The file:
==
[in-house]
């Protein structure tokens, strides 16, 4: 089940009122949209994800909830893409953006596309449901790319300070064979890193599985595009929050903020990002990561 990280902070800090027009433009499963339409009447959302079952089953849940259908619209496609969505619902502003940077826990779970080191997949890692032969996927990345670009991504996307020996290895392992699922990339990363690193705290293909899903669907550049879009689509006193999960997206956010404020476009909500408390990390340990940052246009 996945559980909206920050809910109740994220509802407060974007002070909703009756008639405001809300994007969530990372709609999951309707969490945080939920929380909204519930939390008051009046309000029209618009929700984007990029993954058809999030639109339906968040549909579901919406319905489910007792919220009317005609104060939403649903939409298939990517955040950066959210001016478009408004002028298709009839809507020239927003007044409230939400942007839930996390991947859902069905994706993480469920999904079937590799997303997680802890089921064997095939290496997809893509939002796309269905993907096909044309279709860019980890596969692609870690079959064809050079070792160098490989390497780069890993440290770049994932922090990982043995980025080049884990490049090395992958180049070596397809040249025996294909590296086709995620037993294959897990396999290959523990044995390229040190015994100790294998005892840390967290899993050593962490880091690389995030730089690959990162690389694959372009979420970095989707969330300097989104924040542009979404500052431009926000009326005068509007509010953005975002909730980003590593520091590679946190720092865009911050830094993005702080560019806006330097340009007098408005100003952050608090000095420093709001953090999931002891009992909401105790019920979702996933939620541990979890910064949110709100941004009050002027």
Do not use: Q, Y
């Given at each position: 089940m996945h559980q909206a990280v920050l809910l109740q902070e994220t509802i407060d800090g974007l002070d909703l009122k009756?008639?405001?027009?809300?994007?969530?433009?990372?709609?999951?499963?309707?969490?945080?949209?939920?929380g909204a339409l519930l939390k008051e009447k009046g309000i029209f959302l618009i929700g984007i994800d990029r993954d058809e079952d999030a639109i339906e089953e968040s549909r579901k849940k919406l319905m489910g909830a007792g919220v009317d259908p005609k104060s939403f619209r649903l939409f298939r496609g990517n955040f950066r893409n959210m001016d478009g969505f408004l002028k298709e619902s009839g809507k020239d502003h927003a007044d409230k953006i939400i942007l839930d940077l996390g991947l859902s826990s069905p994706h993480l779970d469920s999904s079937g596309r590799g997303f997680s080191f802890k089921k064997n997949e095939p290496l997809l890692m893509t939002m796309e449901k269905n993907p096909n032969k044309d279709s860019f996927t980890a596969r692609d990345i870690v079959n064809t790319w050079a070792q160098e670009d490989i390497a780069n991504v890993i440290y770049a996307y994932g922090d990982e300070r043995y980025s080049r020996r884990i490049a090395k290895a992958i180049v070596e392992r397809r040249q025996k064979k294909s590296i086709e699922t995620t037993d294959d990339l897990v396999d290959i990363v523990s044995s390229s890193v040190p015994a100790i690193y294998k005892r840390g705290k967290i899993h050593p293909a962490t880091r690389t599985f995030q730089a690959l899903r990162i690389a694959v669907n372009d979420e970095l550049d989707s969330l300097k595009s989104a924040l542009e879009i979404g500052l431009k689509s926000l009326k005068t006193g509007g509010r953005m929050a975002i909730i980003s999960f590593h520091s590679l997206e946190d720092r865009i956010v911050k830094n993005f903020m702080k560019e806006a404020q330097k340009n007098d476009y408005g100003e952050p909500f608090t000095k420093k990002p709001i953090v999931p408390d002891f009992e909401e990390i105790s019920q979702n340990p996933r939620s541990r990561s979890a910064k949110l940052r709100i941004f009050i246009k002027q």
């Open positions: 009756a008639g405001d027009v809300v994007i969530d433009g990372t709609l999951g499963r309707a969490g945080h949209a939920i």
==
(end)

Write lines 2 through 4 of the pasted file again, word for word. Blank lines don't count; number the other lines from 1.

């Protein structure tokens, strides 16, 4: 089940009122949209994800909830893409953006596309449901790319300070064979890193599985595009929050903020990002990561 990280902070800090027009433009499963339409009447959302079952089953849940259908619209496609969505619902502003940077826990779970080191997949890692032969996927990345670009991504996307020996290895392992699922990339990363690193705290293909899903669907550049879009689509006193999960997206956010404020476009909500408390990390340990940052246009 996945559980909206920050809910109740994220509802407060974007002070909703009756008639405001809300994007969530990372709609999951309707969490945080939920929380909204519930939390008051009046309000029209618009929700984007990029993954058809999030639109339906968040549909579901919406319905489910007792919220009317005609104060939403649903939409298939990517955040950066959210001016478009408004002028298709009839809507020239927003007044409230939400942007839930996390991947859902069905994706993480469920999904079937590799997303997680802890089921064997095939290496997809893509939002796309269905993907096909044309279709860019980890596969692609870690079959064809050079070792160098490989390497780069890993440290770049994932922090990982043995980025080049884990490049090395992958180049070596397809040249025996294909590296086709995620037993294959897990396999290959523990044995390229040190015994100790294998005892840390967290899993050593962490880091690389995030730089690959990162690389694959372009979420970095989707969330300097989104924040542009979404500052431009926000009326005068509007509010953005975002909730980003590593520091590679946190720092865009911050830094993005702080560019806006330097340009007098408005100003952050608090000095420093709001953090999931002891009992909401105790019920979702996933939620541990979890910064949110709100941004009050002027």
Do not use: Q, Y
């Given at each position: 089940m996945h559980q909206a990280v920050l809910l109740q902070e994220t509802i407060d800090g974007l002070d909703l009122k009756?008639?405001?027009?809300?994007?969530?433009?990372?709609?999951?499963?309707?969490?945080?949209?939920?929380g909204a339409l519930l939390k008051e009447k009046g309000i029209f959302l618009i929700g984007i994800d990029r993954d058809e079952d999030a639109i339906e089953e968040s549909r579901k849940k919406l319905m489910g909830a007792g919220v009317d259908p005609k104060s939403f619209r649903l939409f298939r496609g990517n955040f950066r893409n959210m001016d478009g969505f408004l002028k298709e619902s009839g809507k020239d502003h927003a007044d409230k953006i939400i942007l839930d940077l996390g991947l859902s826990s069905p994706h993480l779970d469920s999904s079937g596309r590799g997303f997680s080191f802890k089921k064997n997949e095939p290496l997809l890692m893509t939002m796309e449901k269905n993907p096909n032969k044309d279709s860019f996927t980890a596969r692609d990345i870690v079959n064809t790319w050079a070792q160098e670009d490989i390497a780069n991504v890993i440290y770049a996307y994932g922090d990982e300070r043995y980025s080049r020996r884990i490049a090395k290895a992958i180049v070596e392992r397809r040249q025996k064979k294909s590296i086709e699922t995620t037993d294959d990339l897990v396999d290959i990363v523990s044995s390229s890193v040190p015994a100790i690193y294998k005892r840390g705290k967290i899993h050593p293909a962490t880091r690389t599985f995030q730089a690959l899903r990162i690389a694959v669907n372009d979420e970095l550049d989707s969330l300097k595009s989104a924040l542009e879009i979404g500052l431009k689509s926000l009326k005068t006193g509007g509010r953005m929050a975002i909730i980003s999960f590593h520091s590679l997206e946190d720092r865009i956010v911050k830094n993005f903020m702080k560019e806006a404020q330097k340009n007098d476009y408005g100003e952050p909500f608090t000095k420093k990002p709001i953090v999931p408390d002891f009992e909401e990390i105790s019920q979702n340990p996933r939620s541990r990561s979890a910064k949110l940052r709100i941004f009050i246009k002027q």